Skip to page content
Office of the Solicitor
Bookmark and Share

Cowin and Company, Inc. v. Director, OWCP and Henley, Brief for the Federal Respondent

No. 12-14992-D
_______________________________________________________

IN THE UNITED STATES COURT OF APPEALS
FOR THE ELEVENTH CIRCUIT

_______________________________________________________

COWIN & COMPANY, INC.

Petitioner

v.

DIRECTOR, OFFICE OF WORKERS' COMPENSATION
PROGRAMS, UNITED STATES DEPARTMENT OF LABOR
and
DONALD R. HENLEY

Respondents
_______________________________________________________

On Petition for Review of an Order of the Benefits Review Board,
United States Department of Labor
_______________________________________________________

BRIEF FOR THE FEDERAL RESPONDENT
_______________________________________________________

M. PATRICIA SMITH
Solicitor of Labor
RAE ELLEN JAMES
Associate Solicitor
SEAN G. BAJKOWSKI
Counsel for Appellate Litigation
JEFFREY S. GOLDBERG
Attorney
U.S. Department of Labor
Office of the Solicitor
Suite N-2119
200 Constitution Avenue, N.W.
Washington, D.C. 20210
(202) 693-5650
Attorneys for the Director, Office
of Workers' Compensation Program

_______________________________________________________

CERTIFICATE OF INTERESTED PARTIES

Judges:

Boggs, Judith S., Administrative Appeals Judge, Benefits Review Board, U.S. Department of Labor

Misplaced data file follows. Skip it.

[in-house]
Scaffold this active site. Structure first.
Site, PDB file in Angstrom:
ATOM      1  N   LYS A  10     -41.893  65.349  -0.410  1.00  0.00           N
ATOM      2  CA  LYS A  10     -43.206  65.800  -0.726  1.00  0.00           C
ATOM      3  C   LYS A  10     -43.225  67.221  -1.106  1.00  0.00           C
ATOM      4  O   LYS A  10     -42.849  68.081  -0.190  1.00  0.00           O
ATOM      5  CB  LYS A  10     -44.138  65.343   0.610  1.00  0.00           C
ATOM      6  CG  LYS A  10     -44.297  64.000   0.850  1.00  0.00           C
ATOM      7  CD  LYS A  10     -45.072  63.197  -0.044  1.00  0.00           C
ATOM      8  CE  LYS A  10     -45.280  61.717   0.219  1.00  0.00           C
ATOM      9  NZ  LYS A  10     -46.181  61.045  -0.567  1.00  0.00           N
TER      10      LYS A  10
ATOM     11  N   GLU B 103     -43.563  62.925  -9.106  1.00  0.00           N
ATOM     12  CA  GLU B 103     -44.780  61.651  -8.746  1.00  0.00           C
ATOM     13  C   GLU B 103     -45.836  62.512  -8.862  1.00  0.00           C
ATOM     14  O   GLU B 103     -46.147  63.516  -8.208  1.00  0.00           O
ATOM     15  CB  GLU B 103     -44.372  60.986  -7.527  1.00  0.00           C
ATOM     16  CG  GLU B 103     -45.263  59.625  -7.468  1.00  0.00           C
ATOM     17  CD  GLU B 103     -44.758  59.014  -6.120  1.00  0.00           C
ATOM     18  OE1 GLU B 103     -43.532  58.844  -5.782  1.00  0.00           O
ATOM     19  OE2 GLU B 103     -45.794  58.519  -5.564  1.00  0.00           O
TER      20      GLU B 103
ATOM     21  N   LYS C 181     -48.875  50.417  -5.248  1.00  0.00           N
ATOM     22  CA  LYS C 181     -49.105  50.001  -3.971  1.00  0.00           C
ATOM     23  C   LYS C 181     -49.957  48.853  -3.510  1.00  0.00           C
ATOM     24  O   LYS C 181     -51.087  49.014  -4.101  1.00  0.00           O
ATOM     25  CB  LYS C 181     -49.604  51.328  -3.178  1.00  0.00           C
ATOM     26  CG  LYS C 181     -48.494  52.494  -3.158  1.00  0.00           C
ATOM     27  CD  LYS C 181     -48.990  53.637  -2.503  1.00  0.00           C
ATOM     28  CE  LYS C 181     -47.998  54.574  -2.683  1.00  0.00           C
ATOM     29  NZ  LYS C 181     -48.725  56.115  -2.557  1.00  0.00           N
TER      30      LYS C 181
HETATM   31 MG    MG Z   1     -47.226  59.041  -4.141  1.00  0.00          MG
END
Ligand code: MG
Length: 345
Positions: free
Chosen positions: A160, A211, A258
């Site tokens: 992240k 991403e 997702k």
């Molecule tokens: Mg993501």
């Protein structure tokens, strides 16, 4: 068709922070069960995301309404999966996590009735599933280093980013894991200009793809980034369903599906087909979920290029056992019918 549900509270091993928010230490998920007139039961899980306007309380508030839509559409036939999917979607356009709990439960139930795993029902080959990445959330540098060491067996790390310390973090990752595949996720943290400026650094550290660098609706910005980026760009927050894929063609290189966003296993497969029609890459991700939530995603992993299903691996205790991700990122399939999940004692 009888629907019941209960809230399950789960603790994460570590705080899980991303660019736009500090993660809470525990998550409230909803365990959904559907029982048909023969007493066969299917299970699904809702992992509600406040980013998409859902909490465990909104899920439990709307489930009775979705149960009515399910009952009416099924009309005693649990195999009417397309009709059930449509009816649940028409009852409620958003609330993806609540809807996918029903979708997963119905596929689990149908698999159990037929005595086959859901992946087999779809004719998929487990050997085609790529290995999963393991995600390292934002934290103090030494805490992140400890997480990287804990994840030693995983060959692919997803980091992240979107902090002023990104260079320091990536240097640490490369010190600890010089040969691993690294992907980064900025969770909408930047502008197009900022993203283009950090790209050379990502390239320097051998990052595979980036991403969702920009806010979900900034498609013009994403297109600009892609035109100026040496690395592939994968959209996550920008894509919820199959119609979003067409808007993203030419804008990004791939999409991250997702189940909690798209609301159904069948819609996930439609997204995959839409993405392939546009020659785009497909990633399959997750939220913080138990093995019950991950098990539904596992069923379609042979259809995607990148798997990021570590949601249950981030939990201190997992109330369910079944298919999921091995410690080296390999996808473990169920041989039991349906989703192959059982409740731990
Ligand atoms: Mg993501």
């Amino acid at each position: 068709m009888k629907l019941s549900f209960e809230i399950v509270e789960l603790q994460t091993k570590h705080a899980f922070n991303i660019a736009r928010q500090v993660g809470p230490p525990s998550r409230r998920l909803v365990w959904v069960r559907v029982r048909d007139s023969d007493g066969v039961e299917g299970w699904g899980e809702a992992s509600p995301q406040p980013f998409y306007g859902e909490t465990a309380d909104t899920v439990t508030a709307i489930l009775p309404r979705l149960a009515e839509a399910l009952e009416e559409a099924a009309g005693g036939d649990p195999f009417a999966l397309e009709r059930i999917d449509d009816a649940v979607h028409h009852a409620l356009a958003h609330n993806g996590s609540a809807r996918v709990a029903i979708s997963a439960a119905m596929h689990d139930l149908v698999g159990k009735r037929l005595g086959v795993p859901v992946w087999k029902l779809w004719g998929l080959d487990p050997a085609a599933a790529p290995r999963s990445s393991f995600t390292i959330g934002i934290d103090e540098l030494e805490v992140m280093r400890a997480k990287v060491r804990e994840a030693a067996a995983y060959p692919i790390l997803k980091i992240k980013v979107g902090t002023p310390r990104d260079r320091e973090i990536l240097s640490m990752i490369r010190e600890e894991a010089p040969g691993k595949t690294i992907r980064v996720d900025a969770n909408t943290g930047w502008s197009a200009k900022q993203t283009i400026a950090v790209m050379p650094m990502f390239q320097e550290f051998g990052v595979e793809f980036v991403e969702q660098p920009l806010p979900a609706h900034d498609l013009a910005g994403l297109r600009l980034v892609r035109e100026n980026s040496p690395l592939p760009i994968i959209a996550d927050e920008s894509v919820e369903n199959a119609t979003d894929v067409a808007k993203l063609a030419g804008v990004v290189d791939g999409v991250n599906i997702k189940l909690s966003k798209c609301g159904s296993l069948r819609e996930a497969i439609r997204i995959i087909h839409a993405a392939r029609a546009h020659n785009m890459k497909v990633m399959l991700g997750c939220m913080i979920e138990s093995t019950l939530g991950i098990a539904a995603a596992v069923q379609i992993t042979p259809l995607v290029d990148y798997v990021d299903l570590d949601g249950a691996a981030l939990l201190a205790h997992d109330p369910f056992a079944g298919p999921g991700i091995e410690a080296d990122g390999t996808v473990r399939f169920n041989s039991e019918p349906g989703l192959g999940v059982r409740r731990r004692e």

Brown, James F., Administrative Appeals Judge, Benefits Review Board, U.S. Department of Labor

Dolder, Nancy S., Chief Admnistrative Appeals Judge, Benefits Review Board, U.S. Department of Labor

Hall, Betty Jean, Administrative Appeals Judge, Benefits Review Board, U.S. Department of Labor

Kichuk, Clement J., Administrative Law Judge, U.S. Department of Labor

McGranery, Regina C., Administrative Appeals Judge, Benefits Review Board, U.S. Department of Labor

McKenna, Christine, Administrative Law Judge, U.S. Department of Labor

Nelson, Malcom D., Acting Administrative Appeals Judge, Benefits Review Board, U.S. Department of Labor

Smith, Roy P., Administrative Appeals Judge, Benefits Review Board, U.S. Department of Labor

Stansell-Gamm, Richard T., Administrative Law Judge, U.S. Department of Labor

Claimant-Respondent

Henley, Donald R.